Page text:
18 February 2019

SharePoint Workflow for Version History Buttons

Would you like to have a button at each library file that quickly takes you to the document's version history? Or somewhere else? I have recently published a Tips article on how to create a workflow that adds a version history button to each new file in a SharePoint document library. Similar buttons can of course be used for other things than the version history.

Check changes and restore earlier versions
The SharePoint version history is a useful feature that I always recommend customers to keep enabled. It is on by default in document libraries, but in other SharePoint lists you have to enable it.

In the version history, you can see who changed each document or list item and when the changes were made, and if necessary, you can also restore earlier versions of items and files. To see the version history in a SharePoint document library, you must select a file, click on the ellipsis and go to ‘Version History’.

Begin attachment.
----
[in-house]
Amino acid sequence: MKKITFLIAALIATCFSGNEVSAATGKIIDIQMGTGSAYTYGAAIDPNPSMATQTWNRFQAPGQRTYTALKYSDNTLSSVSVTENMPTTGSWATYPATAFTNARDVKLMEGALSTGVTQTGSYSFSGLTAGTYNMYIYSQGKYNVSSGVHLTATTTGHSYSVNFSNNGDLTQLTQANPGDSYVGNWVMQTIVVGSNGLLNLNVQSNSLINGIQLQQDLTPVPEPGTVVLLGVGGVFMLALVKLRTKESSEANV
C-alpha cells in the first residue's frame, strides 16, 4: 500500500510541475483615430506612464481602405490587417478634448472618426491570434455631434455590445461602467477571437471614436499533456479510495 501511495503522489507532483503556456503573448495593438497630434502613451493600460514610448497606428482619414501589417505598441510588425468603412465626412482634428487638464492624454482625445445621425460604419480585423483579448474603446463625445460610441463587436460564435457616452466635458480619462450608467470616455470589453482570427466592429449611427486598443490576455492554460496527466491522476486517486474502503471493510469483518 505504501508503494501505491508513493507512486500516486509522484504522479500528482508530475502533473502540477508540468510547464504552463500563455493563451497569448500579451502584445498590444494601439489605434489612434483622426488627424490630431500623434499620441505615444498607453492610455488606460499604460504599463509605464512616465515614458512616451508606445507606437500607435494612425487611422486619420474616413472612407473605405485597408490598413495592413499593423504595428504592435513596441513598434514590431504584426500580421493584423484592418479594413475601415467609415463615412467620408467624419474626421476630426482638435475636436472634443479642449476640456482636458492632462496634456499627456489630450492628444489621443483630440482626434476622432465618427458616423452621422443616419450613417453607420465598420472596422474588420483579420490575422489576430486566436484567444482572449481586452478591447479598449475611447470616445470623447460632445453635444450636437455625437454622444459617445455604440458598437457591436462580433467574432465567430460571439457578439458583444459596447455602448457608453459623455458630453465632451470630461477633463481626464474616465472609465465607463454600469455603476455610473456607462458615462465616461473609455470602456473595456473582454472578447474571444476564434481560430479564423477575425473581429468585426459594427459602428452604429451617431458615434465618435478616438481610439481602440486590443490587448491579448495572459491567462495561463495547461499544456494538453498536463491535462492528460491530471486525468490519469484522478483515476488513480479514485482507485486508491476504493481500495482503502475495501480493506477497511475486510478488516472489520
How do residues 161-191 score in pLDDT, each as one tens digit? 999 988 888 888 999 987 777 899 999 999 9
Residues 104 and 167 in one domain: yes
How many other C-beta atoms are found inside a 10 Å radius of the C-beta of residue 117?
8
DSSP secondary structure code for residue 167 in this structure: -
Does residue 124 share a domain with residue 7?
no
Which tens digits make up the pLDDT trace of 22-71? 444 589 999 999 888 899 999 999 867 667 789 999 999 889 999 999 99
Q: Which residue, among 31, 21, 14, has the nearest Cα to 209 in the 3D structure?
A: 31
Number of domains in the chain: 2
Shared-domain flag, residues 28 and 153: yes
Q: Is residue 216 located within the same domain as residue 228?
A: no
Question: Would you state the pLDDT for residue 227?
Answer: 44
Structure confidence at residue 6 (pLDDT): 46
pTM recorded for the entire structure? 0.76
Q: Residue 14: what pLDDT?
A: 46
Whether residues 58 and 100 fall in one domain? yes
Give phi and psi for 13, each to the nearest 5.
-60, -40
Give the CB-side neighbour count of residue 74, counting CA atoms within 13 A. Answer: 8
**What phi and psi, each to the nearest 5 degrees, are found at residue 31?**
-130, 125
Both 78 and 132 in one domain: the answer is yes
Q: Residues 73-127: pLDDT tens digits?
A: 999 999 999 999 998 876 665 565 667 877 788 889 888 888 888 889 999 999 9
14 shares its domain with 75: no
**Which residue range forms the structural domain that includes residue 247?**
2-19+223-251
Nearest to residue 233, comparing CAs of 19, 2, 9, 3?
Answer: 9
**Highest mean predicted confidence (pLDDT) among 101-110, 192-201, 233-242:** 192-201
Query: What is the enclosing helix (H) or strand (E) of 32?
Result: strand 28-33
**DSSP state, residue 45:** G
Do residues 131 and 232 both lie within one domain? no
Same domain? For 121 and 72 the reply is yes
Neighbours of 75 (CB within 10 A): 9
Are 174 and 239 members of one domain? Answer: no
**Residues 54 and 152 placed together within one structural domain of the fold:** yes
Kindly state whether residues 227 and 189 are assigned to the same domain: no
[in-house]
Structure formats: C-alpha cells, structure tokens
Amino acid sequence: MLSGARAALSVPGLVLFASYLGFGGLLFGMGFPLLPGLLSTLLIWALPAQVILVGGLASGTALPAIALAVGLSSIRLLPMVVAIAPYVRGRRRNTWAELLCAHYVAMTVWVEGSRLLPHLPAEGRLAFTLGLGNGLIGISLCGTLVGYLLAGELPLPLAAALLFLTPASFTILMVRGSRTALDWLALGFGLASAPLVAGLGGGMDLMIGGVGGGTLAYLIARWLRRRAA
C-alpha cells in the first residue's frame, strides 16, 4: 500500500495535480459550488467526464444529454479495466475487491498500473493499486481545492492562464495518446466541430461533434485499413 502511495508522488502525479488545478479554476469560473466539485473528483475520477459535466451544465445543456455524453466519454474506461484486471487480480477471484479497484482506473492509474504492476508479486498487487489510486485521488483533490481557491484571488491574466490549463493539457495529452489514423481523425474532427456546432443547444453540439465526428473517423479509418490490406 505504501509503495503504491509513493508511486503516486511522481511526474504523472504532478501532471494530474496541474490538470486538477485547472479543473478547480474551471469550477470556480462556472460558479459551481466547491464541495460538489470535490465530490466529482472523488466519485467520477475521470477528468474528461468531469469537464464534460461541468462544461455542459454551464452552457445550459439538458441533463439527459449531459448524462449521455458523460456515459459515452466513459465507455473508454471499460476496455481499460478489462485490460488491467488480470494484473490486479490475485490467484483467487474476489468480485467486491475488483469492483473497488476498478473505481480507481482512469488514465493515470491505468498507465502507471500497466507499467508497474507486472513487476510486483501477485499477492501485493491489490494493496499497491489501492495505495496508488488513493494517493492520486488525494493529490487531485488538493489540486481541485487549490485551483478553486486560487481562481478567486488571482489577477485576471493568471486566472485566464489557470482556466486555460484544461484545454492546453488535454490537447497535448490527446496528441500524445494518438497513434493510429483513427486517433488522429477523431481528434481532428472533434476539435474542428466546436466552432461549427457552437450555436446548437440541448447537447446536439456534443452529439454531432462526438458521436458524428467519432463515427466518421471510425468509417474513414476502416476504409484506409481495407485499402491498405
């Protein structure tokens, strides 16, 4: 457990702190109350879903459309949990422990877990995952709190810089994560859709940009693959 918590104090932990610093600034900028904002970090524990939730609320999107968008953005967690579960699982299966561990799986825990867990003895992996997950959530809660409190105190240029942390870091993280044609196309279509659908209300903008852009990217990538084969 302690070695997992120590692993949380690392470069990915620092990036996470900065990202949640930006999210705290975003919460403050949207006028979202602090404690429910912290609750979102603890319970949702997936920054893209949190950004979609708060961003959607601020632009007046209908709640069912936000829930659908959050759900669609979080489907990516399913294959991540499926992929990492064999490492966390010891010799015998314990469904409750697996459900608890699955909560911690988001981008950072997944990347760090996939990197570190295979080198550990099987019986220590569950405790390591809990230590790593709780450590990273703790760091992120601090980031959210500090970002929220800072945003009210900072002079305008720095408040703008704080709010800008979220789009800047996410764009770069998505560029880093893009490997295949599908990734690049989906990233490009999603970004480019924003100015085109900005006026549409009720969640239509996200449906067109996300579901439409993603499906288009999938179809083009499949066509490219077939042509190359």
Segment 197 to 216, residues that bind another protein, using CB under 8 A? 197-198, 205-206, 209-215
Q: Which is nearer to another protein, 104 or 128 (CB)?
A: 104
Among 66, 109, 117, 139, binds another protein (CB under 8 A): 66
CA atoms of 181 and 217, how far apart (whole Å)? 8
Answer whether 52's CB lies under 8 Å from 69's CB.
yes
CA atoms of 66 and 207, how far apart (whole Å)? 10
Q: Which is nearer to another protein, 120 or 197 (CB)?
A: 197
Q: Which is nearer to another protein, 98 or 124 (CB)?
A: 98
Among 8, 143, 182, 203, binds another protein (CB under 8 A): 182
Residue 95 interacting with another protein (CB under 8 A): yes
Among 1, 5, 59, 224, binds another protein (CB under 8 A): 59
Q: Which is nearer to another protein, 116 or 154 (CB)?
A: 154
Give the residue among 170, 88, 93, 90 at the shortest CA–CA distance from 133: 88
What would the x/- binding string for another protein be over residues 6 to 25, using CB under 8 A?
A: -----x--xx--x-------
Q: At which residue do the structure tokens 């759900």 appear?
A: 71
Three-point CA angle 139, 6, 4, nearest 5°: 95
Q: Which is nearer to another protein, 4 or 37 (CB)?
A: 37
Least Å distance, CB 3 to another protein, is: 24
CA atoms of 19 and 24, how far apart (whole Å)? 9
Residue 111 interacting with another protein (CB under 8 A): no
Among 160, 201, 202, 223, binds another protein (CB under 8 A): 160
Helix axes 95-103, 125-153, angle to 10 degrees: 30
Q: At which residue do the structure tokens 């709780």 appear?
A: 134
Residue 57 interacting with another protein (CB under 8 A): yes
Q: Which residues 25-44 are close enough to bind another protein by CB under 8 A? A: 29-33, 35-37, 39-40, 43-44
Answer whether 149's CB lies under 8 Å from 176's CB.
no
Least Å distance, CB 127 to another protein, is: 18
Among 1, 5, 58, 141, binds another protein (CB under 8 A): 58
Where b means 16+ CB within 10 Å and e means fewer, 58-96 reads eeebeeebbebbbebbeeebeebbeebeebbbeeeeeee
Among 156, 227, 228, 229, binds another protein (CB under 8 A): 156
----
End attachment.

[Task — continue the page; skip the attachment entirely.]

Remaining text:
Version History icons

Version history button
If you often use the version history, it would of course be easier to just click on a button to reach it. The workflow I suggest runs when a new file is added to the document library, and it adds a small image that is linked to the new file's version history in a separate column in the library.

Create rich text column in SharePoint Designer
We need to use HTML code for the version history button, and therefore it must be placed in a column with enhanced rich text. SharePoint lets us use enhanced rich text in multiple lines of text columns, but if you create the new column in SharePoint, you can only get the rich text in lists, not in libraries.

To have a multiple lines of text column with enhanced rich text in a document library, you must create the column in SharePoint Designer. Therefore, I show how to create such a column in my demo below before I start with the actual workflow.

SharePoint Workflows from Scratch
The Tips article and the demo is created for my new book, SharePoint Workflows from Scratch, that I hope to release on Amazon at the end of this month.

My recently published book on Microsoft Flow goes well, but a SharePoint power user needs knowledge about both flows and workflows. That way, you can select the best option for all SharePoint automation. (Should you want to create a version history button in Flow, refer to my demo about a tasks list progress bar, that uses a similar technique.)

Peter Kalmström
CEO and Systems Designer Business Solutions

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